Beware of what you're seeing with small-cap stocks, says Todd Gordon of TradingAnalysis.com, because the group is pointing to trouble ahead for the broader market.
While the major market indexes have rallied to numerous all-time highs this year, small-cap stocks have been stuck in a bind. The Russell 2000-tracking ETF (IWM) may be up 3 percent year to date, but small caps have actually been caught in a tight range since December while large-cap stocks have left them behind.
That has left Gordon with an "uneasy feeling," especially on a day like Tuesday when it seemed that only big-cap tech stocks were moving. The lack in movement from the small caps could suggest that the market rally may not be as broad based as investors may think.
"When you don't get small caps confirming where large caps are going, that's a problem, and not many people are talking about it," he said Tuesday on CNBC's "Trading Nation."
Since small caps are stuck in such a tight range, Gordon believes that trading the long-term-bond-tracking ETF TLT would actually be a better way to profit.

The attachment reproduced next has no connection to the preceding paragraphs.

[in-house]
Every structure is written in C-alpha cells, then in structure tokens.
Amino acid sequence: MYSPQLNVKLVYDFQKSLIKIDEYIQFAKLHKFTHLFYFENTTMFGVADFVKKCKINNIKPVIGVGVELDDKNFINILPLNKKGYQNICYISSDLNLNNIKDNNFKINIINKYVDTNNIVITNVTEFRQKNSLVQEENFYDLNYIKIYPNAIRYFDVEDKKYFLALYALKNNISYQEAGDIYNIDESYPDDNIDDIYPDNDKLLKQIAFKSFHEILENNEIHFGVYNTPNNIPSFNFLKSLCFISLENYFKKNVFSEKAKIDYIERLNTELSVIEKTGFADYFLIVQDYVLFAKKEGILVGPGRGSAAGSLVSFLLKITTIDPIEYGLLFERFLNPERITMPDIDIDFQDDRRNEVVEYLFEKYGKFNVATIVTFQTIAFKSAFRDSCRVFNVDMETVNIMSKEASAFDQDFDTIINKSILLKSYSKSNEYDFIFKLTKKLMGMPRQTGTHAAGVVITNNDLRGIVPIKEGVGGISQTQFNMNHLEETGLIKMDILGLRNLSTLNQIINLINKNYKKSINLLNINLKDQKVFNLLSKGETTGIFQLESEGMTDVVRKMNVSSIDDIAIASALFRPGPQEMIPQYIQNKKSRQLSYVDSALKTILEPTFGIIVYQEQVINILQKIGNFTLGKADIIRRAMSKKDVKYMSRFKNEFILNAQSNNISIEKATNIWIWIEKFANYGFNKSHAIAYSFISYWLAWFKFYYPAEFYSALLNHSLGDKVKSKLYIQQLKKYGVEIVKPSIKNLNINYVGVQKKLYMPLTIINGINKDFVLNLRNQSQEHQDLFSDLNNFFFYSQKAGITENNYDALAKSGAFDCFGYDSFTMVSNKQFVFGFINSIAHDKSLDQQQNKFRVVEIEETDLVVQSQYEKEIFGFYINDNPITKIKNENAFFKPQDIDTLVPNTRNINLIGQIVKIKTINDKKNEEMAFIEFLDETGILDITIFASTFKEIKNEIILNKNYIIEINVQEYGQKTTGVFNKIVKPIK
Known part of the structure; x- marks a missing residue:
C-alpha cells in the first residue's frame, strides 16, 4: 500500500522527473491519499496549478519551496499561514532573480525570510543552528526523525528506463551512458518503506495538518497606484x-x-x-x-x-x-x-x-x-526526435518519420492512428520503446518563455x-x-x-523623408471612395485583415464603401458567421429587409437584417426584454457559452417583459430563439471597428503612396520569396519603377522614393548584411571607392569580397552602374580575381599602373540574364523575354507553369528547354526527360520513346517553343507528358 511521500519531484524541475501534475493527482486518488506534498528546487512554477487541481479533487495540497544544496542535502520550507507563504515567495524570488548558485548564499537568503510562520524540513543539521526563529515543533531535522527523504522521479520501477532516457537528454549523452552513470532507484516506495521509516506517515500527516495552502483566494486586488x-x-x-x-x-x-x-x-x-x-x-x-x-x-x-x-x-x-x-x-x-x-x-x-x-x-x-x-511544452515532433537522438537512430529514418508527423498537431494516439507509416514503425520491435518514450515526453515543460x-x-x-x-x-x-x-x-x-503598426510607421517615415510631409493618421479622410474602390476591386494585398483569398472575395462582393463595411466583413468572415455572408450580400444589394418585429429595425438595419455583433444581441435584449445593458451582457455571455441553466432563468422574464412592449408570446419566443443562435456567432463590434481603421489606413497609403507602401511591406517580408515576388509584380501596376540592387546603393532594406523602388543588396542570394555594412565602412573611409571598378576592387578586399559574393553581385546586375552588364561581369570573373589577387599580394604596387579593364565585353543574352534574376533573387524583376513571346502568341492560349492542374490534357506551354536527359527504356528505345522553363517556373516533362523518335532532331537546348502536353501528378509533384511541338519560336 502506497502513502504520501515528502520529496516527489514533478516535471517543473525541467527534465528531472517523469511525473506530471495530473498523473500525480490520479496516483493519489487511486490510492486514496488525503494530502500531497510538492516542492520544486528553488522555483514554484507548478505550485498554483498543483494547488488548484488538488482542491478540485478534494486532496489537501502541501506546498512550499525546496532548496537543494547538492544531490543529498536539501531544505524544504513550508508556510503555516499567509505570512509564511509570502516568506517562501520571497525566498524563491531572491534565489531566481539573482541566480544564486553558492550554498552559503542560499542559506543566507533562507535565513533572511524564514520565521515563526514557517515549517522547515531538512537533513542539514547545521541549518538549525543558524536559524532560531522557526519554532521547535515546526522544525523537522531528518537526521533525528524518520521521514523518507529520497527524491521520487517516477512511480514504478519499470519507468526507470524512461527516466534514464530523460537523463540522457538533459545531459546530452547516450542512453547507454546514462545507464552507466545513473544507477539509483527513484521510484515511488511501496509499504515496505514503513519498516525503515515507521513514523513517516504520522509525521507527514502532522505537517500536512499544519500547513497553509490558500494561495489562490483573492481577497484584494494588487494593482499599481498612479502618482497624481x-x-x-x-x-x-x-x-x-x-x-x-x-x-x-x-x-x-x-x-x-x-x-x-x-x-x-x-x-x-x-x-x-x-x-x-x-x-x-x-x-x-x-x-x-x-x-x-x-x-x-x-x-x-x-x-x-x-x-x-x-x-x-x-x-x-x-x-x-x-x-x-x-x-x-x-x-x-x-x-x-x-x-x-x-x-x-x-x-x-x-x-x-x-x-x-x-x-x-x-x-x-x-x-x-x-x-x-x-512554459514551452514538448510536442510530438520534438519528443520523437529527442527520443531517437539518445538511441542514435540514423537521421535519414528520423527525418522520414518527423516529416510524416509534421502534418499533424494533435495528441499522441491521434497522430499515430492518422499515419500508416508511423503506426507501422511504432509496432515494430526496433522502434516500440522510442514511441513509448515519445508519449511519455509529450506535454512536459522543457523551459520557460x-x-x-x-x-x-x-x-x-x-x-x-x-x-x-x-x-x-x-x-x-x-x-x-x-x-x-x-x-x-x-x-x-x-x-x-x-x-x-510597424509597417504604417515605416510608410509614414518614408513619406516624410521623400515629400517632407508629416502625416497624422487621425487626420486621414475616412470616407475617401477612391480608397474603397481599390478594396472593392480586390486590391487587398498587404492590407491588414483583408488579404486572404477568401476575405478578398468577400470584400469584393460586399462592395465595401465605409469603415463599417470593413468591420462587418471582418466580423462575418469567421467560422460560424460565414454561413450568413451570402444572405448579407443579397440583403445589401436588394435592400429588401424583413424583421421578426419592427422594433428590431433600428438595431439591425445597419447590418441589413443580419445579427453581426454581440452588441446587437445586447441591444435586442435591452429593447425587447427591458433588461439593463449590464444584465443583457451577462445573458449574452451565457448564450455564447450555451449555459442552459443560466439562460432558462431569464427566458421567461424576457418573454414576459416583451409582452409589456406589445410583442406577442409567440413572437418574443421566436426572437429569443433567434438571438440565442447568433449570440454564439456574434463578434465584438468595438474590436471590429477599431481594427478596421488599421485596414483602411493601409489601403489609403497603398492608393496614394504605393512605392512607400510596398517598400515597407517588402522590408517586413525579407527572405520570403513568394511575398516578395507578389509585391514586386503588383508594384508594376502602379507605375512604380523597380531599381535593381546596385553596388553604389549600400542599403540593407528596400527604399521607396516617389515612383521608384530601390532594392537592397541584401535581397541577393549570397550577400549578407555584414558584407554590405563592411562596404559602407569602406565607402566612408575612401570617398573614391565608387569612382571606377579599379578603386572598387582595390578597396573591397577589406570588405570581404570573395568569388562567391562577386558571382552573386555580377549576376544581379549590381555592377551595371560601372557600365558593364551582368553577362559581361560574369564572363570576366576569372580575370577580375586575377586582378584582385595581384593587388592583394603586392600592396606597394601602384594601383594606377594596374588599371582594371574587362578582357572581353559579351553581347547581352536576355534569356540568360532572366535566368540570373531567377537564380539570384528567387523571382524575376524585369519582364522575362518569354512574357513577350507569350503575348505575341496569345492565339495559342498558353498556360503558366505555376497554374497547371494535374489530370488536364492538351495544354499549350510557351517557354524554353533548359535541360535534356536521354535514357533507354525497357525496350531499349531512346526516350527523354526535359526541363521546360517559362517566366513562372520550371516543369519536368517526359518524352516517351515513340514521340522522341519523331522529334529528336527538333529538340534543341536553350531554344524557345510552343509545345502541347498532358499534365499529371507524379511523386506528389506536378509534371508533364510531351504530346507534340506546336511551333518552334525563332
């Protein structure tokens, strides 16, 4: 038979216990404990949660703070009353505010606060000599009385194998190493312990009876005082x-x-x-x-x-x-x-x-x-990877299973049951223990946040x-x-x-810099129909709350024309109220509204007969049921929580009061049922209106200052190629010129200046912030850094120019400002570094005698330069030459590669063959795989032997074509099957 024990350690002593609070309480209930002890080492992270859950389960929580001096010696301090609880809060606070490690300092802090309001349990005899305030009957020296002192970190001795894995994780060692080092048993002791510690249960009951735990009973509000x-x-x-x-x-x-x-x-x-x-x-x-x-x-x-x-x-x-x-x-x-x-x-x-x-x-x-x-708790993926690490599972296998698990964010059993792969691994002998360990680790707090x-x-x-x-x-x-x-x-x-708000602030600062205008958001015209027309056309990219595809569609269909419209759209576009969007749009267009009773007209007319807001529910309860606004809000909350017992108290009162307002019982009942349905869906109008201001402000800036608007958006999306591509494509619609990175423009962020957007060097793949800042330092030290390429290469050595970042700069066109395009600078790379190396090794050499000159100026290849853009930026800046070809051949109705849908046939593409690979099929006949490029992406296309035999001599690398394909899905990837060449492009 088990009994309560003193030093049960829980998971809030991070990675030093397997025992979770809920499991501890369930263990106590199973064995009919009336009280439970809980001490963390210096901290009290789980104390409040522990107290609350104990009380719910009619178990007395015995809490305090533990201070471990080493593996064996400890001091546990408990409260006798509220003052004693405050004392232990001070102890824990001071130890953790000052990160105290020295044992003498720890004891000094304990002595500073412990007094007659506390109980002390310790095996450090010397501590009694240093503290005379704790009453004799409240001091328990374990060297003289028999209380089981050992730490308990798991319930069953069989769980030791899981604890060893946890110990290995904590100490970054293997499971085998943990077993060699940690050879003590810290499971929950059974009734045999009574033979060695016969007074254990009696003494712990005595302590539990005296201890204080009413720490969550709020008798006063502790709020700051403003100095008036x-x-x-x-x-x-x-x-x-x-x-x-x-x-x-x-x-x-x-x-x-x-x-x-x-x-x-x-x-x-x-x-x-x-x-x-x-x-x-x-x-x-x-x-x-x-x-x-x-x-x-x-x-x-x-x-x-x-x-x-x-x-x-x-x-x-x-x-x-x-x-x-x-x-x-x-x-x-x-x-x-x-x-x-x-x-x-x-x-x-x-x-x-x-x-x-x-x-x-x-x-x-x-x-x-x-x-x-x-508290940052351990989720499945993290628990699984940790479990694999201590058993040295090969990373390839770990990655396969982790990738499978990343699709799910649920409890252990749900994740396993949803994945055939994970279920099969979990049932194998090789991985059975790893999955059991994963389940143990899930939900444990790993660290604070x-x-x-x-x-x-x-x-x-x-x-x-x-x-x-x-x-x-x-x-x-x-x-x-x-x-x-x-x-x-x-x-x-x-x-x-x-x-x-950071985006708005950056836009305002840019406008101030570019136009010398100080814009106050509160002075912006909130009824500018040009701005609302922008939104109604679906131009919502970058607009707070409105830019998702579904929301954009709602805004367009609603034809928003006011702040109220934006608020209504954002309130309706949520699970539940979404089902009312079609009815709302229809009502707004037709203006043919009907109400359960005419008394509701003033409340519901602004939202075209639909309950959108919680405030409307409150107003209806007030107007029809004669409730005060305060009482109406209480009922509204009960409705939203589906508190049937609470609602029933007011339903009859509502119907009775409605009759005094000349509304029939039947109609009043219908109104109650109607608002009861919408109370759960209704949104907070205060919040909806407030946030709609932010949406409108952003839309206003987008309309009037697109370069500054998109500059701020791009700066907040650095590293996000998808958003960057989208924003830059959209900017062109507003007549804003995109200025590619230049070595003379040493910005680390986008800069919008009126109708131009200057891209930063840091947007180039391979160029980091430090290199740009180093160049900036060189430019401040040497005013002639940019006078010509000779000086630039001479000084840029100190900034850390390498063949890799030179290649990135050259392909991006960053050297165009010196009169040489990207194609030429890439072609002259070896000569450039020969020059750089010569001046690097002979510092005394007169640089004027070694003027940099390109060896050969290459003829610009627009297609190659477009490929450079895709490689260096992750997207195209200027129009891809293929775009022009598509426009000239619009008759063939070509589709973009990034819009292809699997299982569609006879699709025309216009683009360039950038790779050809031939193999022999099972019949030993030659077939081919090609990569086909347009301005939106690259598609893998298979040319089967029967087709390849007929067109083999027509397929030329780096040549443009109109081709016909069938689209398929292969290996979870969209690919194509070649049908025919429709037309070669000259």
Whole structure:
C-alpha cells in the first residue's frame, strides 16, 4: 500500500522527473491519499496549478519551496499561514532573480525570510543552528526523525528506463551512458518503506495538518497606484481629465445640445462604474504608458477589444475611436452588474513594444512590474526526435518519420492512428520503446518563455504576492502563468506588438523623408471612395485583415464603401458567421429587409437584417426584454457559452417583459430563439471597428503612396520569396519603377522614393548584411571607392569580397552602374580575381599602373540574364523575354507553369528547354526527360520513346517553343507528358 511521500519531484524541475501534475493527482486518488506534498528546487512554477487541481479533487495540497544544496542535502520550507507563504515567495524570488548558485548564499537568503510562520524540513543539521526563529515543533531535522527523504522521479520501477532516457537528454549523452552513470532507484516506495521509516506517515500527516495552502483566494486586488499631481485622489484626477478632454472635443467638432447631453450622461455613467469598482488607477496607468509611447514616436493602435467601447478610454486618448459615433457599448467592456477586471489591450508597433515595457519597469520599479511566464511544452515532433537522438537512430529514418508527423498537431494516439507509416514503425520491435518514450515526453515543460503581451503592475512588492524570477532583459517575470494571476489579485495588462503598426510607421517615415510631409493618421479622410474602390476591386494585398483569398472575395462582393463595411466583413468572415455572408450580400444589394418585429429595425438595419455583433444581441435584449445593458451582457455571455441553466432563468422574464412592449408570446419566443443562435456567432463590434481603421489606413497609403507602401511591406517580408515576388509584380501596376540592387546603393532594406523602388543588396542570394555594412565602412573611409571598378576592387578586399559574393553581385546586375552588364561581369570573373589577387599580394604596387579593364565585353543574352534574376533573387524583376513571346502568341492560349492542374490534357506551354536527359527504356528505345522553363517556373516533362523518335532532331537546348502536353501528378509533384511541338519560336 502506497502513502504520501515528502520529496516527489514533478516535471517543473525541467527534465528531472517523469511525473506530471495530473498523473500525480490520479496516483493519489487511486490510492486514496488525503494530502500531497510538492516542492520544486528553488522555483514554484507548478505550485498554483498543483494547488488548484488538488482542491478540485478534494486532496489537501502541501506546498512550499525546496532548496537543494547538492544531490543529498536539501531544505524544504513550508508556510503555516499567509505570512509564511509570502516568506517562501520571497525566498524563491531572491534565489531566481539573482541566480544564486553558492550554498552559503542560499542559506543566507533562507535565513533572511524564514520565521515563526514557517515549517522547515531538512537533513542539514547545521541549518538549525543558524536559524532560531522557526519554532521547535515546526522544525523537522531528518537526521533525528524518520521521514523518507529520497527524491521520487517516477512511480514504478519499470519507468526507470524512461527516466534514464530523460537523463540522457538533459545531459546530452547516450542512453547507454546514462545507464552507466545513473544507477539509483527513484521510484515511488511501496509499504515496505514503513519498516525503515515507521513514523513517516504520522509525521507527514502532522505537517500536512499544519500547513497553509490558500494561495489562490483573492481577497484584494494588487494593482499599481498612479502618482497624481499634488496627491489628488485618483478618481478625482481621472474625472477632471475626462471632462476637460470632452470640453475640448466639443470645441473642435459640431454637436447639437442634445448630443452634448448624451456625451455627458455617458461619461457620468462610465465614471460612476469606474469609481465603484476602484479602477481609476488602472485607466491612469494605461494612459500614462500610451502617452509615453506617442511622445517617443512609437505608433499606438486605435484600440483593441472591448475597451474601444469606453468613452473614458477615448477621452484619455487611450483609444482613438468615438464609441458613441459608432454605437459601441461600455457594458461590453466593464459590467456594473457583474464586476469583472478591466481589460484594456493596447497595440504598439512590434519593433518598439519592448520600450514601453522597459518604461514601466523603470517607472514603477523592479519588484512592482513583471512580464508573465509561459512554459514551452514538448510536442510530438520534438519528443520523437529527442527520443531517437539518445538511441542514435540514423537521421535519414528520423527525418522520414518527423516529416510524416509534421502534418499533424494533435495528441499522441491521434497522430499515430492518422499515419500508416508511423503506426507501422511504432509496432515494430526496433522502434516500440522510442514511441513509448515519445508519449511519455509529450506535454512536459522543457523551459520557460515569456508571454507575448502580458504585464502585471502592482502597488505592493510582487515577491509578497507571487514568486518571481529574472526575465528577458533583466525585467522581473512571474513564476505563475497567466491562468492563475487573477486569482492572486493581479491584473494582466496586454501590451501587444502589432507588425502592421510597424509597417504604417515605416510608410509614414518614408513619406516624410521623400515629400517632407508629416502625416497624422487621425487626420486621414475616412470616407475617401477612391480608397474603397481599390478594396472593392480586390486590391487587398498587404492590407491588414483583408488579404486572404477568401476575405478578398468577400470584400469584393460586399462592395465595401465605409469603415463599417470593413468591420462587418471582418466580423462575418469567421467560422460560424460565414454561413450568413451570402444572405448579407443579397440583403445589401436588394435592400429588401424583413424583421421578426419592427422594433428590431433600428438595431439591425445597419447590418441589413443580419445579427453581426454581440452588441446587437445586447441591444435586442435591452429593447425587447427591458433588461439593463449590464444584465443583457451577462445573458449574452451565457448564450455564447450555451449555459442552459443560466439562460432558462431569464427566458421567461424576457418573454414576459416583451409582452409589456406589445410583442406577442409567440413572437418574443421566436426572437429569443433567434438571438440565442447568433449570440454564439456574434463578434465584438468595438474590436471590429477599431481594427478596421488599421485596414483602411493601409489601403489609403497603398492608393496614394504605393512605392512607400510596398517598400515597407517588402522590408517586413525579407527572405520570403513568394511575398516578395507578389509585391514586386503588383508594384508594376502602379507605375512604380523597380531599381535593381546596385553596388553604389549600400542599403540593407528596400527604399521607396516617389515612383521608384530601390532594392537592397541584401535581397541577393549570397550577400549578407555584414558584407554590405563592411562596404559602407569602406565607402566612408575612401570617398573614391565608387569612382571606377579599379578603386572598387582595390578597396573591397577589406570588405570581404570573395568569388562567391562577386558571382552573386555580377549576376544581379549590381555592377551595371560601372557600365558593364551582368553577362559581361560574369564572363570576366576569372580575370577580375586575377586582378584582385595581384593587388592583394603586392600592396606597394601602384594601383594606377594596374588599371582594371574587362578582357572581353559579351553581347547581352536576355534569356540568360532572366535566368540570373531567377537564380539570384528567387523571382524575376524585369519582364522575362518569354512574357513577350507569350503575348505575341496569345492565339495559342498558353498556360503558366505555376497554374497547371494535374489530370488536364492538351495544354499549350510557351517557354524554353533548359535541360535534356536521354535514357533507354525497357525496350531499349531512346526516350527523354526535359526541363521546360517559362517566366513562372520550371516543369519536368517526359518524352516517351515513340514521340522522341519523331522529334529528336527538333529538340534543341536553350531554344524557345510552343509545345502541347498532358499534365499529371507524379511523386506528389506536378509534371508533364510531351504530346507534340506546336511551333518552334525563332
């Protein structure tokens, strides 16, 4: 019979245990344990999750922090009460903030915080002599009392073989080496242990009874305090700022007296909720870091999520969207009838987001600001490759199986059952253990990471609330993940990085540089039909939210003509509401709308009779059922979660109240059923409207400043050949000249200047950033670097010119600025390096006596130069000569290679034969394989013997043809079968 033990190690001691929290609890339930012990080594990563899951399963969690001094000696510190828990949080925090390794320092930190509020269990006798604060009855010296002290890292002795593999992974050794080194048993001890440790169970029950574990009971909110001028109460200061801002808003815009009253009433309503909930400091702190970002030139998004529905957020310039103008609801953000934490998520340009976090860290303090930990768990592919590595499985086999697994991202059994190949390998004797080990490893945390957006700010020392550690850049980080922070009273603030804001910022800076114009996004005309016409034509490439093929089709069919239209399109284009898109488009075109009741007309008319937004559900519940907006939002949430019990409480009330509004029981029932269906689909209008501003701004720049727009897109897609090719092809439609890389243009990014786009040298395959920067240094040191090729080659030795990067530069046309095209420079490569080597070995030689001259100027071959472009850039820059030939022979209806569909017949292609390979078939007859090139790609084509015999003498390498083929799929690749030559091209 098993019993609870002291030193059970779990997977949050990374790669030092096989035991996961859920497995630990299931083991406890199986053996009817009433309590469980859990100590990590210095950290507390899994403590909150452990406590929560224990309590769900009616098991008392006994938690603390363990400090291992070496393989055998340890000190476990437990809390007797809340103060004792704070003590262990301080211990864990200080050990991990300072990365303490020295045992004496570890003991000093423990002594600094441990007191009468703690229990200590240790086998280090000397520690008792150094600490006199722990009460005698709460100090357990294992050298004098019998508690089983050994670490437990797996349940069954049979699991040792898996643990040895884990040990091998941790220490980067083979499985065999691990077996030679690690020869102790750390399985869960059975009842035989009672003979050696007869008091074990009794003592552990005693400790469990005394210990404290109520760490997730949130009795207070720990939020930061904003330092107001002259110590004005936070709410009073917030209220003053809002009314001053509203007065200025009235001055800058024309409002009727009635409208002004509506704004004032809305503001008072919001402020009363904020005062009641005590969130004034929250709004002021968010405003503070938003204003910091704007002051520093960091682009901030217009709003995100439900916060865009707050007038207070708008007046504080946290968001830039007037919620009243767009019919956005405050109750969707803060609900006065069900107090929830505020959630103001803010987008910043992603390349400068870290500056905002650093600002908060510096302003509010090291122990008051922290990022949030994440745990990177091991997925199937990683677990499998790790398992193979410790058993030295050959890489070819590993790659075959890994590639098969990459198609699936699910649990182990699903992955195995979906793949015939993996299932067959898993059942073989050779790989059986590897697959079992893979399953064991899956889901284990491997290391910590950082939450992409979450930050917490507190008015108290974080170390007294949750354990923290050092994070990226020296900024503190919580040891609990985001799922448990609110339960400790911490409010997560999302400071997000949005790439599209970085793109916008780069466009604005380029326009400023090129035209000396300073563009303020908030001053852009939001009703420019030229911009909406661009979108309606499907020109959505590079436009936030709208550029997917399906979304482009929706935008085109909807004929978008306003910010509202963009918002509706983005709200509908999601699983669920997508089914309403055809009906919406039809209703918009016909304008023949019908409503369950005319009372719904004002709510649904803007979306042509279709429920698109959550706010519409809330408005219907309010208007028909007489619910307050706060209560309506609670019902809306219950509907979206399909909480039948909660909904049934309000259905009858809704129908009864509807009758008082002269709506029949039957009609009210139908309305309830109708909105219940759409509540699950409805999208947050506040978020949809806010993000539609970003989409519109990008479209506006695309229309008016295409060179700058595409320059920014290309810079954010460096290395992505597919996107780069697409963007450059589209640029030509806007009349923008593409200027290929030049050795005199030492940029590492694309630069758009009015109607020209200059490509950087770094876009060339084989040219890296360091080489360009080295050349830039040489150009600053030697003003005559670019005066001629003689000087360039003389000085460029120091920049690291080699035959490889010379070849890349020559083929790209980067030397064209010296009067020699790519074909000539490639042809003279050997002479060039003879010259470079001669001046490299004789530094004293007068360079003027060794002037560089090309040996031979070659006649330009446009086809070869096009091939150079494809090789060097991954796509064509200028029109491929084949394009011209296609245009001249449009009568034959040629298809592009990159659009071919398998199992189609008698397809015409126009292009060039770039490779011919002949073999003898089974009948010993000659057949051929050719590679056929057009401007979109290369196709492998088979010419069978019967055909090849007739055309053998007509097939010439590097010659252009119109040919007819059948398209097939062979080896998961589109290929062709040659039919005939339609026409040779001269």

"[We could short the IWM], but I am concerned from a trading point of view, our ability to time the breakdown of this range, so that's a low probability trade," explained Gordon. "So I think what we can do is use a risk-aversion vehicle that's already in motion, which is TLT."
To determine the levels for the trade, Gordon connected the lows and the highs of TLT over the past few months to create a "parallel channel." He determines that if TLT were to keep following the channel, it could return to its pre-election highs near $128.
As a result, Gordon wants to buy the June monthly 126-strike calls in TLT and sell the June monthly 128-strike calls for a total of 50 cents, or $50 per options contract. If TLT does close above $128 on June 16 expiration, Gordon would essentially quadruple his money by making a maximum profit of $150.